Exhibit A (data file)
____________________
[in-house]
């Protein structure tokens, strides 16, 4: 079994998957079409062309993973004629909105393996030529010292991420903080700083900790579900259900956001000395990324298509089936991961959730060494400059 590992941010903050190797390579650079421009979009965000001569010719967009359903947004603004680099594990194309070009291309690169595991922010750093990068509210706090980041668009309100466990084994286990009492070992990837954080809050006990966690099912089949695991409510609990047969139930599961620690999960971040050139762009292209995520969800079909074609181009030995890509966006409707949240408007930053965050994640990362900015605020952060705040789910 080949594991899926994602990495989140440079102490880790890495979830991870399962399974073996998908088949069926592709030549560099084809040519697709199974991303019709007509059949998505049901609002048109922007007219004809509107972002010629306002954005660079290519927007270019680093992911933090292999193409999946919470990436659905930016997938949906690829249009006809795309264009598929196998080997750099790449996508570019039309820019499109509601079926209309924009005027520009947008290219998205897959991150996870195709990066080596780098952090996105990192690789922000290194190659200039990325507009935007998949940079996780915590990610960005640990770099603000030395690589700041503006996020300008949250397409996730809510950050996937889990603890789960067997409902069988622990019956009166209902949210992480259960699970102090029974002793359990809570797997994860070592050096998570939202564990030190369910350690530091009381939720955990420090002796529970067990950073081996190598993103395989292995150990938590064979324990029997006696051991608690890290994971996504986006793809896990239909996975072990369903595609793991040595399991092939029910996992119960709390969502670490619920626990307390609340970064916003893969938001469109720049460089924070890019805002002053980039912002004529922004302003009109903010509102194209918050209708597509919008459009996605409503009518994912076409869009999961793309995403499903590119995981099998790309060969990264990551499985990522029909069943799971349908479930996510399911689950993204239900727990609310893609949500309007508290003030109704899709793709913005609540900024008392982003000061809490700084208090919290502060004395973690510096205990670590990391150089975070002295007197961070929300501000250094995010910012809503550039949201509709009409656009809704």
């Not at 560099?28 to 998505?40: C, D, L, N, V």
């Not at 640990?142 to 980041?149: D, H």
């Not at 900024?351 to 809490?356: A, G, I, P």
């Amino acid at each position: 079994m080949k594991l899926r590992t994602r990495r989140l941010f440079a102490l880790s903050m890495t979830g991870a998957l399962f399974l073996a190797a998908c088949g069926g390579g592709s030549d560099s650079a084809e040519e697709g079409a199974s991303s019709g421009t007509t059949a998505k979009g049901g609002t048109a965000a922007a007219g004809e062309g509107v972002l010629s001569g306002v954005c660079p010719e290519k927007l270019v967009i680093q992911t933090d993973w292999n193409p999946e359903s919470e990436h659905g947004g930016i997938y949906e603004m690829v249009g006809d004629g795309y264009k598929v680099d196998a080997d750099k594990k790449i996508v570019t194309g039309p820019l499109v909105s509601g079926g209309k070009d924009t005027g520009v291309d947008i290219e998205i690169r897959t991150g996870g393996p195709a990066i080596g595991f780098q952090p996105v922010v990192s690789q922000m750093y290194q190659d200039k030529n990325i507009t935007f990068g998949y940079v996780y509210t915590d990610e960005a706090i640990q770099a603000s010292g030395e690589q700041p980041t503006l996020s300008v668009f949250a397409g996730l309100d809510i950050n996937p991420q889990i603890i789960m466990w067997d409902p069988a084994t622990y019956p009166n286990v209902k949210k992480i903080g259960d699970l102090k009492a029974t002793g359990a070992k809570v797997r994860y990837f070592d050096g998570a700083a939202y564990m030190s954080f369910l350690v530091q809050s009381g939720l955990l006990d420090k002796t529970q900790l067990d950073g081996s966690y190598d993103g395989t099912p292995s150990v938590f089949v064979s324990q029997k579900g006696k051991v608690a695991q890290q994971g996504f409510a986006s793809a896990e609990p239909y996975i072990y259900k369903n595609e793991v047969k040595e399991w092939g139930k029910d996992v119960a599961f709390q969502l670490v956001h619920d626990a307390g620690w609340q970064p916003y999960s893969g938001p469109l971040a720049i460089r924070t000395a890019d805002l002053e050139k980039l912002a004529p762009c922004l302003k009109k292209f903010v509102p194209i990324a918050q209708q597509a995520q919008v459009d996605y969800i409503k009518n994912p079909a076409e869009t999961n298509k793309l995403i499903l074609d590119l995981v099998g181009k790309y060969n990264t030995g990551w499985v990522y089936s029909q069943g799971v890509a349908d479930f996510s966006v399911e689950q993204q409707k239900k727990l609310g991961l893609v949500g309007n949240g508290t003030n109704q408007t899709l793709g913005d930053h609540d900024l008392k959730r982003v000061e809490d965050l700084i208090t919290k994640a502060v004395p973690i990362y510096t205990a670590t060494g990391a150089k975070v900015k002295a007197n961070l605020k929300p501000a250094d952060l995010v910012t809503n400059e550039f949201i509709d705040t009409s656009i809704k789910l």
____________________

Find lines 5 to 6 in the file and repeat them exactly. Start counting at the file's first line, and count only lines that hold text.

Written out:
């Not at 900024?351 to 809490?356: A, G, I, P």
């Amino acid at each position: 079994m080949k594991l899926r590992t994602r990495r989140l941010f440079a102490l880790s903050m890495t979830g991870a998957l399962f399974l073996a190797a998908c088949g069926g390579g592709s030549d560099s650079a084809e040519e697709g079409a199974s991303s019709g421009t007509t059949a998505k979009g049901g609002t048109a965000a922007a007219g004809e062309g509107v972002l010629s001569g306002v954005c660079p010719e290519k927007l270019v967009i680093q992911t933090d993973w292999n193409p999946e359903s919470e990436h659905g947004g930016i997938y949906e603004m690829v249009g006809d004629g795309y264009k598929v680099d196998a080997d750099k594990k790449i996508v570019t194309g039309p820019l499109v909105s509601g079926g209309k070009d924009t005027g520009v291309d947008i290219e998205i690169r897959t991150g996870g393996p195709a990066i080596g595991f780098q952090p996105v922010v990192s690789q922000m750093y290194q190659d200039k030529n990325i507009t935007f990068g998949y940079v996780y509210t915590d990610e960005a706090i640990q770099a603000s010292g030395e690589q700041p980041t503006l996020s300008v668009f949250a397409g996730l309100d809510i950050n996937p991420q889990i603890i789960m466990w067997d409902p069988a084994t622990y019956p009166n286990v209902k949210k992480i903080g259960d699970l102090k009492a029974t002793g359990a070992k809570v797997r994860y990837f070592d050096g998570a700083a939202y564990m030190s954080f369910l350690v530091q809050s009381g939720l955990l006990d420090k002796t529970q900790l067990d950073g081996s966690y190598d993103g395989t099912p292995s150990v938590f089949v064979s324990q029997k579900g006696k051991v608690a695991q890290q994971g996504f409510a986006s793809a896990e609990p239909y996975i072990y259900k369903n595609e793991v047969k040595e399991w092939g139930k029910d996992v119960a599961f709390q969502l670490v956001h619920d626990a307390g620690w609340q970064p916003y999960s893969g938001p469109l971040a720049i460089r924070t000395a890019d805002l002053e050139k980039l912002a004529p762009c922004l302003k009109k292209f903010v509102p194209i990324a918050q209708q597509a995520q919008v459009d996605y969800i409503k009518n994912p079909a076409e869009t999961n298509k793309l995403i499903l074609d590119l995981v099998g181009k790309y060969n990264t030995g990551w499985v990522y089936s029909q069943g799971v890509a349908d479930f996510s966006v399911e689950q993204q409707k239900k727990l609310g991961l893609v949500g309007n949240g508290t003030n109704q408007t899709l793709g913005d930053h609540d900024l008392k959730r982003v000061e809490d965050l700084i208090t919290k994640a502060v004395p973690i990362y510096t205990a670590t060494g990391a150089k975070v900015k002295a007197n961070l605020k929300p501000a250094d952060l995010v910012t809503n400059e550039f949201i509709d705040t009409s656009i809704k789910l």